What an incredible honor to be here as Team USA picked up another medal, this time in team jumping with just three riders on the squad on Day 2! I’ve been lucky enough to see the team climb up on the podium once or twice before, but this time it felt especially hard fought, with Cortes ‘C’ out with a minor injury. While our competitive show jumpers are always aiming for gold, bless them, I don’t think anyone on the show grounds wasn’t thrilled for the French when they won gold, as their fortune was plagued by injury, illness and bad luck.
One of the coolest things about being here is interviewing the riders right after their rounds. If you’re really lucky, the competitors will pause to watch with you as a teammate or friend rides in the ring, occasionally giving an impromptu riding lesson or riding the course alongside their colleagues. Meredith Michaels-Beerbaum was especially expressive as Daniel Deusser was on course, riding ever fence along with him, gritting her teeth and finally exhaling after he landed.
Ben Maher calmly answered our questions with half an eye on the horse he bred, raised and competed at the Olympics, Tripple X III, correctly pointing out the only place on course he might have a problem a full minute before he did.
Interviewing happy riders after they compete is one of the best parts of the job. Photo by Jane Thompson
Watching the riders on the kiss-and-cry is just as entertaining. The Canadians grab one another tightly over ever fence, lean way back when things get hairy and leap into the air in a victory after a clear.
OK, this photo of Eric Lamaze showing his appreciation for Yann Candele’s clear round is from the 2014 Alltech World Equestrian Games, but you get the idea. Photo by Mollie Bailey
The Brazilians are notoriously excitable, and clean trips are followed by a giant dancing group hug (yes, Chef d’Equipe George Morris joins in). But when the Dutch go in the ring I never bother pointing a camera at the tribune where the support team watches. Yes, the fans—impossible to miss in their trademark traffic cone orange—cheer wildly after a great round, but the supremely professional coaches and teammates nod and clap one another on the shoulder, as if to say, “Of course we were clean. We’re always clean.”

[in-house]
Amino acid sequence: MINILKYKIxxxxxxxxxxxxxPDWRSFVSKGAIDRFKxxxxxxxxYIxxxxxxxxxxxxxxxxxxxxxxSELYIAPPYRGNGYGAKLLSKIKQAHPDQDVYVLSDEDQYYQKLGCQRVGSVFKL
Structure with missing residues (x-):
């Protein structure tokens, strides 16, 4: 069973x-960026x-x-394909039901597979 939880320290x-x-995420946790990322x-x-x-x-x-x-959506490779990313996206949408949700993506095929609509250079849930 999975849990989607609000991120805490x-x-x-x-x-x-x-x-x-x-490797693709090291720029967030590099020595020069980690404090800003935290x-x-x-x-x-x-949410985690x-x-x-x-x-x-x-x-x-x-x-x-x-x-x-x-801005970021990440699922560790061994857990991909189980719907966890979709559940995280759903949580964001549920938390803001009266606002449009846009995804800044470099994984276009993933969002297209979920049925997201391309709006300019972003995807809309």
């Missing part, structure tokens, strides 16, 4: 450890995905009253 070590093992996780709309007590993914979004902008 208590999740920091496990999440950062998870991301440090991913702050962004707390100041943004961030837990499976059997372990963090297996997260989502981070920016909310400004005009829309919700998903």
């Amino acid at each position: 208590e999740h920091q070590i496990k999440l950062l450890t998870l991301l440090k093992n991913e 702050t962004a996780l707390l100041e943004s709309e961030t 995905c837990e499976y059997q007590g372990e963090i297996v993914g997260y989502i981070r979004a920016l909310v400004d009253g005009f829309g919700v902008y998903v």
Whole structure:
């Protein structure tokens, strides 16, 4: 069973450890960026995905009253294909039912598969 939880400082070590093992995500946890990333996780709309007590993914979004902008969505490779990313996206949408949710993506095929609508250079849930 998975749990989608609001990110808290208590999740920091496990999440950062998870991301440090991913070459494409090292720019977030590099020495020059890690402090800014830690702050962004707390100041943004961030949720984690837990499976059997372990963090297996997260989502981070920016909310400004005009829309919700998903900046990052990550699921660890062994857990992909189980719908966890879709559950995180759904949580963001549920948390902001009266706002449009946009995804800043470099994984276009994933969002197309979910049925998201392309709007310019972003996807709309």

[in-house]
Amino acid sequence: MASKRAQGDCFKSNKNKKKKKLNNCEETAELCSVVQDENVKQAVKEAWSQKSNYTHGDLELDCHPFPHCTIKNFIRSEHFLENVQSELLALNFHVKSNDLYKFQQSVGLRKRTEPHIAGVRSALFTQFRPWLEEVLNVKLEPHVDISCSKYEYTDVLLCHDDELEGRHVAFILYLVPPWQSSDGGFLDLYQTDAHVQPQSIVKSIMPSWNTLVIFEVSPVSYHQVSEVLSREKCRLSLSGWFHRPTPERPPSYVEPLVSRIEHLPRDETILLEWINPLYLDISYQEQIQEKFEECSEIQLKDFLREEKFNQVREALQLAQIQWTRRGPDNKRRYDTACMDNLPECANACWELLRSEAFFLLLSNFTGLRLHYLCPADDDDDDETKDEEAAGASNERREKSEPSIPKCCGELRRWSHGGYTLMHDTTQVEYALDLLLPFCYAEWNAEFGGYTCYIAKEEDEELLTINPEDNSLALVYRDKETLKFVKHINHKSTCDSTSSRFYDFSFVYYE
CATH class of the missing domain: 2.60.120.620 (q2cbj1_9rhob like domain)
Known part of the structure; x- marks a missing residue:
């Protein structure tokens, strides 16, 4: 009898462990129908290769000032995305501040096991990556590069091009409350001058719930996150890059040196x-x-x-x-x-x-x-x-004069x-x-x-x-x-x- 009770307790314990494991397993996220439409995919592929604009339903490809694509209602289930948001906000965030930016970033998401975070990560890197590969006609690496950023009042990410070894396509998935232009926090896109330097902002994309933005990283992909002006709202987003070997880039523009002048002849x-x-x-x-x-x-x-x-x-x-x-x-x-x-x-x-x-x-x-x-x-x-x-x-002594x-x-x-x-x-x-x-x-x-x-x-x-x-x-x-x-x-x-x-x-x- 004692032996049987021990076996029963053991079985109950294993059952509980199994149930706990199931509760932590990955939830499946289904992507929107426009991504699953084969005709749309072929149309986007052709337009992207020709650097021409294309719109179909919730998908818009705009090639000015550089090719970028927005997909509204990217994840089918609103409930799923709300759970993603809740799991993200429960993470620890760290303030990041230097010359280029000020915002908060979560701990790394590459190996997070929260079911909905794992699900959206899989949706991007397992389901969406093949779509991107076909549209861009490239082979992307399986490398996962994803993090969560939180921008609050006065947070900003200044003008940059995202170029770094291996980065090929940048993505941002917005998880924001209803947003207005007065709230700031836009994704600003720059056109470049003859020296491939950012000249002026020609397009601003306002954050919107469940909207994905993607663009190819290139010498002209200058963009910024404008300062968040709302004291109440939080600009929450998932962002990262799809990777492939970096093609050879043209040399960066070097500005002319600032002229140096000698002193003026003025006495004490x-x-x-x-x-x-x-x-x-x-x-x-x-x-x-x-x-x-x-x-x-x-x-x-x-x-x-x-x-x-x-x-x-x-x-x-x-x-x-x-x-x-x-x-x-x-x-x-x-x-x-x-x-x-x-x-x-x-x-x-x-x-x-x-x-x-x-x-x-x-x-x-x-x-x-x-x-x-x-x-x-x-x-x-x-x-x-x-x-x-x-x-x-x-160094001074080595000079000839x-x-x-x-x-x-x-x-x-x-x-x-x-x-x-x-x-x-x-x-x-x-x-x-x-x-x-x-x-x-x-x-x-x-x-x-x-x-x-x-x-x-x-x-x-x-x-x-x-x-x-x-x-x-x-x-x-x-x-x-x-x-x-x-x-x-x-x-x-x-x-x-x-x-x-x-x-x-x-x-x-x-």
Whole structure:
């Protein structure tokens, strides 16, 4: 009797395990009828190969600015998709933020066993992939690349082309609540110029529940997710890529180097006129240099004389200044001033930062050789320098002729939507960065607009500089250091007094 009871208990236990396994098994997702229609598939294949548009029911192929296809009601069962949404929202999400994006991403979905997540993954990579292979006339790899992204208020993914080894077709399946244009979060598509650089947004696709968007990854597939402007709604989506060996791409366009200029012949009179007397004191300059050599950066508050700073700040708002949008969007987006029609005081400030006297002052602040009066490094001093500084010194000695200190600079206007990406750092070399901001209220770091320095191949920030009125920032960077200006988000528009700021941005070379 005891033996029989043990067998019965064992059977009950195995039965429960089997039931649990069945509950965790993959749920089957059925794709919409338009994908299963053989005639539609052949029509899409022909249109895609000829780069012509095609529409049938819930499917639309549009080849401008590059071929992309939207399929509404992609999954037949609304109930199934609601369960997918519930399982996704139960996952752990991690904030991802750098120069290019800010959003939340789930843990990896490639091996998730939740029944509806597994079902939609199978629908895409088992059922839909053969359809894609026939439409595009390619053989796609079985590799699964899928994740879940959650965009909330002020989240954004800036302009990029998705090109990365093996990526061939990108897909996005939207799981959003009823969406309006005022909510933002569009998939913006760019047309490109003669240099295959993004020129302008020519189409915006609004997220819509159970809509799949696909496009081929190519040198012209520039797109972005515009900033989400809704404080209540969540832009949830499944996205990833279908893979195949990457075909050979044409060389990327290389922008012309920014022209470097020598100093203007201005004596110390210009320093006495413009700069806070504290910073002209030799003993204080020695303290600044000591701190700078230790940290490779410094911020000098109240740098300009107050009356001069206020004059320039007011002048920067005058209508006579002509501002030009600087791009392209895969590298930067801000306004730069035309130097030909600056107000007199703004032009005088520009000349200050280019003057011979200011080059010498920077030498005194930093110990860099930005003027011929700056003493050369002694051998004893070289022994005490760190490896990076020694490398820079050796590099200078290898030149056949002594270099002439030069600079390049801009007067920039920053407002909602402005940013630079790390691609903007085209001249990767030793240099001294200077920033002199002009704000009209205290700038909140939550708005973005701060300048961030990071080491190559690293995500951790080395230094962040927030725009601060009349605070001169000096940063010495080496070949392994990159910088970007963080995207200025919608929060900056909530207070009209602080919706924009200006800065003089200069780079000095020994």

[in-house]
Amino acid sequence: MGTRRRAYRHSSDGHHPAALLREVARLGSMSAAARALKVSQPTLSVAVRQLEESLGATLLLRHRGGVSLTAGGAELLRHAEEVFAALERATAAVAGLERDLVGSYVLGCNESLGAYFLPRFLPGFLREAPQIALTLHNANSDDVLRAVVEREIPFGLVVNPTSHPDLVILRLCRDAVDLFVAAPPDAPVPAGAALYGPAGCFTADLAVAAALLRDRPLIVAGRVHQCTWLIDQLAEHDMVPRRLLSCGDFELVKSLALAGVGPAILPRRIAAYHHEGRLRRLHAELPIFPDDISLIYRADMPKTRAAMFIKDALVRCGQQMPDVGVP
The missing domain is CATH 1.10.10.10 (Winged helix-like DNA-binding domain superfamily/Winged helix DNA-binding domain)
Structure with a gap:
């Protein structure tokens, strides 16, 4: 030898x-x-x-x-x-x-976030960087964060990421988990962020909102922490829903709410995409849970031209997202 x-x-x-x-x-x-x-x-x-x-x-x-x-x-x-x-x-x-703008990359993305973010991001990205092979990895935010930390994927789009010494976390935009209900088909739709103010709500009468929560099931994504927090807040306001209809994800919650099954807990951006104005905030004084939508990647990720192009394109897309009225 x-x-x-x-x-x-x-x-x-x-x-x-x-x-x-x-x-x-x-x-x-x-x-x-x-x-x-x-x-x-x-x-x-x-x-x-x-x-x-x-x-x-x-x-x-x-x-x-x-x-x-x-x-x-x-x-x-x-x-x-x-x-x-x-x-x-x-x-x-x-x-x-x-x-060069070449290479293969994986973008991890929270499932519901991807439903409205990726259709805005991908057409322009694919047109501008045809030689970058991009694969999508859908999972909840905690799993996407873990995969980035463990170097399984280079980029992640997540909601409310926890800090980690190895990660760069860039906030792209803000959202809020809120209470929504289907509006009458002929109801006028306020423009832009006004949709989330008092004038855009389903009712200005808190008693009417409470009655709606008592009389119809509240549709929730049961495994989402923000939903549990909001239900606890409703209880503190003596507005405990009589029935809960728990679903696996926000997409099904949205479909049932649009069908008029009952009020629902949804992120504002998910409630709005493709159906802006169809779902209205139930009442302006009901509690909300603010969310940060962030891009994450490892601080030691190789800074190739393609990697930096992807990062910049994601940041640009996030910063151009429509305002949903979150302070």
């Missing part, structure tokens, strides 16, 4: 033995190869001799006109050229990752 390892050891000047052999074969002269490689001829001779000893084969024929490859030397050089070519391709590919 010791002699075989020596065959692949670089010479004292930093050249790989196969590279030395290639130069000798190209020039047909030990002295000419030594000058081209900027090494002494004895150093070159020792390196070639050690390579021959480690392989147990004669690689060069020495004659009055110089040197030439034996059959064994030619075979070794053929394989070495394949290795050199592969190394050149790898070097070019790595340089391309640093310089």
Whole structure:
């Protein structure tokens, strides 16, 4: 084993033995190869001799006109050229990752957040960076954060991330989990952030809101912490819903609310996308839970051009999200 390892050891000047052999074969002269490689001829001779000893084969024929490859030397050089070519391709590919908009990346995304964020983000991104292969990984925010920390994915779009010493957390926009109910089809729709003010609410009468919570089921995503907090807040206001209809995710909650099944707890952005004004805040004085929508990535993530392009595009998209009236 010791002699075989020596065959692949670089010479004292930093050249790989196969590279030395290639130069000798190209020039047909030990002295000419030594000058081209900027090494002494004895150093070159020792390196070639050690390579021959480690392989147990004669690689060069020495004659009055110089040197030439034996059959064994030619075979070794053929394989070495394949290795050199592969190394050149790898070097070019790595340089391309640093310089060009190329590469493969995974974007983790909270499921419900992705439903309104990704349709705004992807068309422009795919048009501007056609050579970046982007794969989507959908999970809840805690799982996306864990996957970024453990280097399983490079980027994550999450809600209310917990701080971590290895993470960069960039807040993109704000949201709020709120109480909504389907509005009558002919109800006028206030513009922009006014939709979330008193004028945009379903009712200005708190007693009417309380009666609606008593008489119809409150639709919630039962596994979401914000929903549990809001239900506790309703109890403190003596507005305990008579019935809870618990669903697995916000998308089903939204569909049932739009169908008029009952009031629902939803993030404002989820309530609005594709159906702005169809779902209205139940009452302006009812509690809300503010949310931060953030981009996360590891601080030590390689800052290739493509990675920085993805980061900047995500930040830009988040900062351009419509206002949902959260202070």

That’s not to say they’re unemotional. Dutch show jumper Jeroen Dubbeldam was beside himself after he and Zenith picked up a heartbreaking time fault during an individual show jumping round that would deny the pair an Olympic title to add to their current European and World Championship ones. Jeroen is losing the ride on that horse after the Olympics, as that horse is owned by Show Jumping Fund For the Netherlands, and goes up for auction soon.
Jeroen’s widely respected across the equestrian world—especially among equestrian media—as a commensurate horseman who prioritizes riding for the flag and spending time with his family over circling the world jumping for big money. It felt exploitive and sickening to stick a voice recorder under the chin of such a man and ask him, essentially, to talk about losing the ride on his horse of a lifetime a few minutes after he was less than a second over the time allowed.
But that’s the job. And he knew his, wiping away tears and managing a few words. I had plenty of interviews with other disappointed riders, but none had me choking up in the same way.
There’s plenty of national pride in the press area, but people cheer for personal favorites too. While I felt gutted for our squad that we didn’t have an American on the podium on individual day, I cheered along with everyone else when Nick Skelton won individual gold.
The man’s been winning medals for longer than most of the journalists have been alive, and he finally got his individual win after plenty of setbacks for him and Big Star. Adult riders take note: the man is 58, and used a stepladder to climb aboard Big Star for the awards ceremony. If that’s not inspiration for the rest of us who aren’t exactly winning Olympic medals in our 20s and 30s, I don’t know what is.